International Transport Intermediaries Club (ITIC) has reported that a recent claim handled by ITIC involved a fixture identifying a discharge in a north China range designated as “1-2 port(s) Quingdao-Dongying”. This fixture was completed and, later, the same broker was asked by the same charterer to place a further cargo – this time destined for Jinzhou. The broker approached the same ship owner and agreed terms on the basis of the original fixture. An approaching holiday encouraged the broker to fix quickly, which he did. Be he failed to check if Jinzhou was within the designated range – it wasn’t.
ITIC noted that, to maintain flexibility, charterers often request that the ship broker fix the vessels to discharge at a specified number of ports within a defined range. ITIC said that it was important that the broker clearly understood the definition of that range and which ports it included.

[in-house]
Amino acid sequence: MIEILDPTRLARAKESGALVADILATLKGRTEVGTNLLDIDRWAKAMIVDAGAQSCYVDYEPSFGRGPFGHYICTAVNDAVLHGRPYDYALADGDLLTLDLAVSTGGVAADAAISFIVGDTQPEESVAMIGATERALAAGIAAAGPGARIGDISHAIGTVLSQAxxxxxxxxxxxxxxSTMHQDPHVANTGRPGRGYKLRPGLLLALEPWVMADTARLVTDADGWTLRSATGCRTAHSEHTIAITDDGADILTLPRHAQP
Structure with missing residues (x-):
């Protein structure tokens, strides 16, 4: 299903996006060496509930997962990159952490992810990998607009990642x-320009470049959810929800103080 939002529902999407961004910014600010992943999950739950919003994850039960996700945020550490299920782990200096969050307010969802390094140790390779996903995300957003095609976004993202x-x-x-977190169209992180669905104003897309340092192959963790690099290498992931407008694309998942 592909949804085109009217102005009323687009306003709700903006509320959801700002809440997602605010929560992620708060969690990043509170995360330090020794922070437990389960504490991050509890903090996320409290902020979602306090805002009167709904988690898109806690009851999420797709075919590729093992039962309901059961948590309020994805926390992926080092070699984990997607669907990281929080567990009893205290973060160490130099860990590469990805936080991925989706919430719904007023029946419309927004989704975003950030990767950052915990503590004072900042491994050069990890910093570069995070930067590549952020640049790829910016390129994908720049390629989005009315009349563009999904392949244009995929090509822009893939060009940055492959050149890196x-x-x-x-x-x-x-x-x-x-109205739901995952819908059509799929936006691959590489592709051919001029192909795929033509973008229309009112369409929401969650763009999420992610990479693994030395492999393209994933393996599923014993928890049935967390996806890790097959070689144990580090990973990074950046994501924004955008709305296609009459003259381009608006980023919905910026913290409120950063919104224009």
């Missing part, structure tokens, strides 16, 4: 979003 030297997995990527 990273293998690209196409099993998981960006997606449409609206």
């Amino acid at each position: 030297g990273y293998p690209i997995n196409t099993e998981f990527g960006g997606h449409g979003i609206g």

When voyage orders were passed, the vessel owners were not happy to proceed to Jinzhou as it was outside the range and located in a potential ice zone. The vessel was not ice-classed.
After discussion, the ship owner agreed to discharge at Jinzhou for an additional $25,000 and full protection against any issue or damage involving ice. With ITIC’s agreement, the ship broker was able to indemnify the charterer.
Whilst intermediaries face many pressures, ITIC emphasized that it was important for agreements to be checked and re-checked, even when haste is deemed necessary.